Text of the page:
That said, I’ve never seen anyone actually standing on an altar. The older type of hanging sanctuary lamp tends to have a counterweight, so it can be raised and lowered by using a pole with a hook. Good idea, I think.

  10. excalibur says:

    Since the parish consolidations here my church/parish is now run by the Salesians. I do not know why Cardinal Dolan did this, no one was invited to give their opinions on all of this, just a handful of selected people to rubber stamp all that went down. No input at all was sought.

    The sanctuary lamp was always red from the time I can remember, but now it is white.

  11. Beltway Catholic says:

    I remember preparing churches for Christmas, very traditional ones, with very tradition-minded people. Sometimes there is simply no better way to care for the needs of the liturgy than by crawling atop an altar, particularly if you have to access the raredos.

  12. Hidden One says:

    I’m glad that I have never seen someone stand on an altar, nor do I think I’ve ever seen a sanctuary lamp for which such would be required, although I have no trouble believing they exist, and if one has to…

    Anyway, this thread has inspired me to ask the following: is there a traditional blessing for ladders?

  13. Joe in Canada says:

    standing on the Altar?

  14. John Pomeroy says:

    In our parish, I don’t know where the lamp was before, but back in the 60’s, when they installed the table in the middle of the Sanctuary, they also wanted to move the Lamp, so it was above the Altar.

    The main problem was that the Sanctuary is about 25 or 30 feet tall and arched and replacing the Lamp’s candle would be hard. But one of the parishioners came up with the idea of attaching the chain that held the Lamp to a cable and then hooking the cable to a winch that was above the ceiling.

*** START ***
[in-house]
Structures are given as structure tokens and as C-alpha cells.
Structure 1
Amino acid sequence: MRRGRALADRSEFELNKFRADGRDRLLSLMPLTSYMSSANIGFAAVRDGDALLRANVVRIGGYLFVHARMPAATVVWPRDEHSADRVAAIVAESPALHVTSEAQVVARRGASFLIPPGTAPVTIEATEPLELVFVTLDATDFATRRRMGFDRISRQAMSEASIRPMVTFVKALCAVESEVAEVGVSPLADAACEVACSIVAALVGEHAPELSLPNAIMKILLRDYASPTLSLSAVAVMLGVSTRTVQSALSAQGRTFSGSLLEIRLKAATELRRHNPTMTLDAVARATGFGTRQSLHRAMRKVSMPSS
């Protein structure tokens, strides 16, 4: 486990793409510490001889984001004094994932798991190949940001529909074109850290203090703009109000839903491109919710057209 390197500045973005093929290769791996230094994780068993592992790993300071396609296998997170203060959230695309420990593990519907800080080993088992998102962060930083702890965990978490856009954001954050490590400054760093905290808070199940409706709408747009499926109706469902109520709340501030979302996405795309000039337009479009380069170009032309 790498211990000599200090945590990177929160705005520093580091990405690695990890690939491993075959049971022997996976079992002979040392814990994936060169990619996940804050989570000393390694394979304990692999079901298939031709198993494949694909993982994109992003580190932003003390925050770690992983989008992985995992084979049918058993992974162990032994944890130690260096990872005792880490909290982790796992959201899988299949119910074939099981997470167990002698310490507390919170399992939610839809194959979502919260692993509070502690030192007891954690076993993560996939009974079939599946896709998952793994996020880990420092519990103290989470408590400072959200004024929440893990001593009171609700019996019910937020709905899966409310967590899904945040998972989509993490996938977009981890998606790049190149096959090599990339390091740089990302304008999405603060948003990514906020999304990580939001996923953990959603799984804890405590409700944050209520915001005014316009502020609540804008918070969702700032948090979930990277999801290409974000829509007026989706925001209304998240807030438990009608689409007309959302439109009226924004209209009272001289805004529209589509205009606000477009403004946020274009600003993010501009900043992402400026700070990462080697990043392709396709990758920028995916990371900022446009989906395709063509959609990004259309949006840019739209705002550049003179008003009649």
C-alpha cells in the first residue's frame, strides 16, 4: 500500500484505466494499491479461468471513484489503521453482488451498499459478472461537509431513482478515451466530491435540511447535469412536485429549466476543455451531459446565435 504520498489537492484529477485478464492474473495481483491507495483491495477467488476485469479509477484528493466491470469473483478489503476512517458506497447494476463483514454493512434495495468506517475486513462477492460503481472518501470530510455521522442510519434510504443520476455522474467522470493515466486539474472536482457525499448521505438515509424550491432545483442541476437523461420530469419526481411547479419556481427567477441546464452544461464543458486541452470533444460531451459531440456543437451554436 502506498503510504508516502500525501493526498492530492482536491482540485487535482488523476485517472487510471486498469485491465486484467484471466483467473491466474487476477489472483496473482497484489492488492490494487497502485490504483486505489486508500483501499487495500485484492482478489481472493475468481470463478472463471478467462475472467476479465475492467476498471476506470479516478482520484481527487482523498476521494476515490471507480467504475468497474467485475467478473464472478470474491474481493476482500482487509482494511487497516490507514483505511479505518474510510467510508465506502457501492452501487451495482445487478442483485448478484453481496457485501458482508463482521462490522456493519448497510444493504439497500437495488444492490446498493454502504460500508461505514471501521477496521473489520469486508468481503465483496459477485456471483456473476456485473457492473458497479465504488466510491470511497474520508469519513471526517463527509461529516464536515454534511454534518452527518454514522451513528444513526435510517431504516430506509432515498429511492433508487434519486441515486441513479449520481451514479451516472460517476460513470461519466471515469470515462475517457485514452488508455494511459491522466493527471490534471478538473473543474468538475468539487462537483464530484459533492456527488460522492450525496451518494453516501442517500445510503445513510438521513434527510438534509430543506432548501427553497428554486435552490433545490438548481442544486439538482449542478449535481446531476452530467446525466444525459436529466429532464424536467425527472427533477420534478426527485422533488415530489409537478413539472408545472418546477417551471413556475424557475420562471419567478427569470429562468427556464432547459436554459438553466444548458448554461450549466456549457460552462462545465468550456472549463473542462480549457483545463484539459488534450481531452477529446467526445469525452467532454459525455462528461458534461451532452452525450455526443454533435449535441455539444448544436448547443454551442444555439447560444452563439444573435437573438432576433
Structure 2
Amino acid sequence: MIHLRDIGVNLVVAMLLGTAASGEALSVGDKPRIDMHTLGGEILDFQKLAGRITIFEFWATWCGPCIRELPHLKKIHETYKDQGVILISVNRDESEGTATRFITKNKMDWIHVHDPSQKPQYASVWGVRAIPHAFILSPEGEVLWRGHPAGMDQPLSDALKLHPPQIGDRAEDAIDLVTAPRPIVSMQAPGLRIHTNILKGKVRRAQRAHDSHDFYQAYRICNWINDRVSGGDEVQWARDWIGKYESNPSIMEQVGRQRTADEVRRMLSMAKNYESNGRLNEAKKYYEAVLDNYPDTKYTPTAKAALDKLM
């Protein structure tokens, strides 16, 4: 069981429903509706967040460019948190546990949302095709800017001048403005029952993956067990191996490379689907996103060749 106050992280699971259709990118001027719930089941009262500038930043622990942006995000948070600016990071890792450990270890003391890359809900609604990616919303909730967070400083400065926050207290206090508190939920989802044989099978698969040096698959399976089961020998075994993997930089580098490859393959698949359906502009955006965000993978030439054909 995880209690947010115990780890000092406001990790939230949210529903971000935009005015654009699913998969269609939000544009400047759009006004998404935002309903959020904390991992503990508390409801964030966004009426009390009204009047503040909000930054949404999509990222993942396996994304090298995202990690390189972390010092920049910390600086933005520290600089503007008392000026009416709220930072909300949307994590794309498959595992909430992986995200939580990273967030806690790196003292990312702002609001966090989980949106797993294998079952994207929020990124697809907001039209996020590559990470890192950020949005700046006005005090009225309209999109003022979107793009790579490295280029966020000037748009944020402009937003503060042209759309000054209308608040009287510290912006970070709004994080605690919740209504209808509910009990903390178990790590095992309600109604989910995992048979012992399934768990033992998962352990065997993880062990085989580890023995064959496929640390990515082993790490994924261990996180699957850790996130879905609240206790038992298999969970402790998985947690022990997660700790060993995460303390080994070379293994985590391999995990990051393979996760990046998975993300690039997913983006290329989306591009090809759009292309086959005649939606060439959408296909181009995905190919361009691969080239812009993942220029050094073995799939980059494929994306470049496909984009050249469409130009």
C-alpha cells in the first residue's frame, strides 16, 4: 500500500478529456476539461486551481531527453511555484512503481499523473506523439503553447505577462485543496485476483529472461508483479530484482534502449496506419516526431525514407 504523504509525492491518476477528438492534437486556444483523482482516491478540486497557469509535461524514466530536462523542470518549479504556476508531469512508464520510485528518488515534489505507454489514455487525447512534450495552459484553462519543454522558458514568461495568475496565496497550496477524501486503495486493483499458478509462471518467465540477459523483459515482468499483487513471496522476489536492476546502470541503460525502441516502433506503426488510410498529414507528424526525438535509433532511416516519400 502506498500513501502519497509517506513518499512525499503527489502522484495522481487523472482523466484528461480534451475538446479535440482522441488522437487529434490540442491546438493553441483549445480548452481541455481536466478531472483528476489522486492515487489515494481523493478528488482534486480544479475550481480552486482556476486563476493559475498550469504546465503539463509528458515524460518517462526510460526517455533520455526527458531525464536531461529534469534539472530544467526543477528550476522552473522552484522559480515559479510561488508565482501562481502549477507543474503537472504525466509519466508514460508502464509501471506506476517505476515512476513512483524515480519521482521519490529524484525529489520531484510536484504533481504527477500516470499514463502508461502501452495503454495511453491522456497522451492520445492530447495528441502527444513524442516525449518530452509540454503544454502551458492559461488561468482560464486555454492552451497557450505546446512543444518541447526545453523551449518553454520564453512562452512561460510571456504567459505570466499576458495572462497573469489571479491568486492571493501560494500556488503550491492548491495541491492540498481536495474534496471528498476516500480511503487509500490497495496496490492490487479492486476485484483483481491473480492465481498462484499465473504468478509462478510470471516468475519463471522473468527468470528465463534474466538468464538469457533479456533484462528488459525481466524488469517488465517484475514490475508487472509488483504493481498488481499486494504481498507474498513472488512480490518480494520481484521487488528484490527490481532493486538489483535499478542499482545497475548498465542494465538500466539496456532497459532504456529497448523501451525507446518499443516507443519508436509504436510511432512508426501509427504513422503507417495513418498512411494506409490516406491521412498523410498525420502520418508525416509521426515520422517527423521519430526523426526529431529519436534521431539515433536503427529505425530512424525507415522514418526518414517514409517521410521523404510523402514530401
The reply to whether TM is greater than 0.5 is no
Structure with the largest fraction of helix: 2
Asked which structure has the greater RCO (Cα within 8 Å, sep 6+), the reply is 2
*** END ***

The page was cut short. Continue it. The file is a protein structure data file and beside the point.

Now, there’s a “light switch” in the Sacristy. Push it one way and the Lamp comes down. Change the candle, and move the switch and there goes the Lamp 10 or so feet in the air above the Altar.


  15. knute says:

    To avoid soiling the altar linens, the lamp changer might wear these:

    Pack of 300 Disposable Shoe Covers

    That being said, I think this is another example of the superior practicality of having sanctuary lamps situated somewhere other than directly above the altar.

  16. Clinton R. says:

    “Having help with the ability to levitate really helps. Believe me.”
    Just like St. Joseph of Cupertino.

  17. iPadre says:

    I’ve seen the altar boys in St. Peter’s standing on the main altar to change candles and move them around . If not, you would need a crane.

  18. MrsMacD says:

    Ambience is important.

    When I worked with a professional puppeteer he taught me to never show the children the puppets outside of the show because part of the ‘magic’ would be lost and the show would not have the same appeal to those children again.

    When I set everything up for Christmas Day on Christmas Eve, once all the children are in the van ready to tear off to midnight Mass, I run around put the presents under the tree, put baby Jesus in the crib, set the table, turn on the Christmas lights and put out treats. If I did it in front of them the whole ritual would lose part of the sense of mystery.

    It’s important to keep things like standing on the altar for times when folks are out of the church, if possible, in order to help keep a sacred ambience. (If possible)

  19. fishonthehill says:

    Climbing on traditional high altars, (with all sorts of neogothic spires that soar in the air, angels, columns, capitals and nooks and crannies) was always a common practice as an Altar Boy. Cleaning cobwebs, wiping soot, changing candles, and polishing brass, were always a privilege for a few of dedicated servers. Made you feel closer to God! First, Remove the cloths, then get out the ladders and step stools and start climbing, and wipe your prints from the marble. Nothing sacrilegious, always done in a locked church, with a sacristan or maintenance guy. I guess the old adage… “you don’t want to see how sausage is made” rings true in this case.

  20. Sonshine135 says:

    Probably not the best way to change the sanctuary lamp. Instead of being jarred, if you don’t want to see that, you could always make a donation for a lamp that can be lowered instead.

  21. frjim4321 says:

    We have to not only stand on the altar but also put a ladder on it to cover the crucifix for passiontide. But the altar cloth and corporal are removed and cardboard is put on the marble top of the altar. I don’t think anyone considers it to be disrespectful.

    [Anyone? That in itself should raise questions about what people understand about altars. Even the well-informed should be at least reluctant to stand on an altar or should find the sight at least jarring.]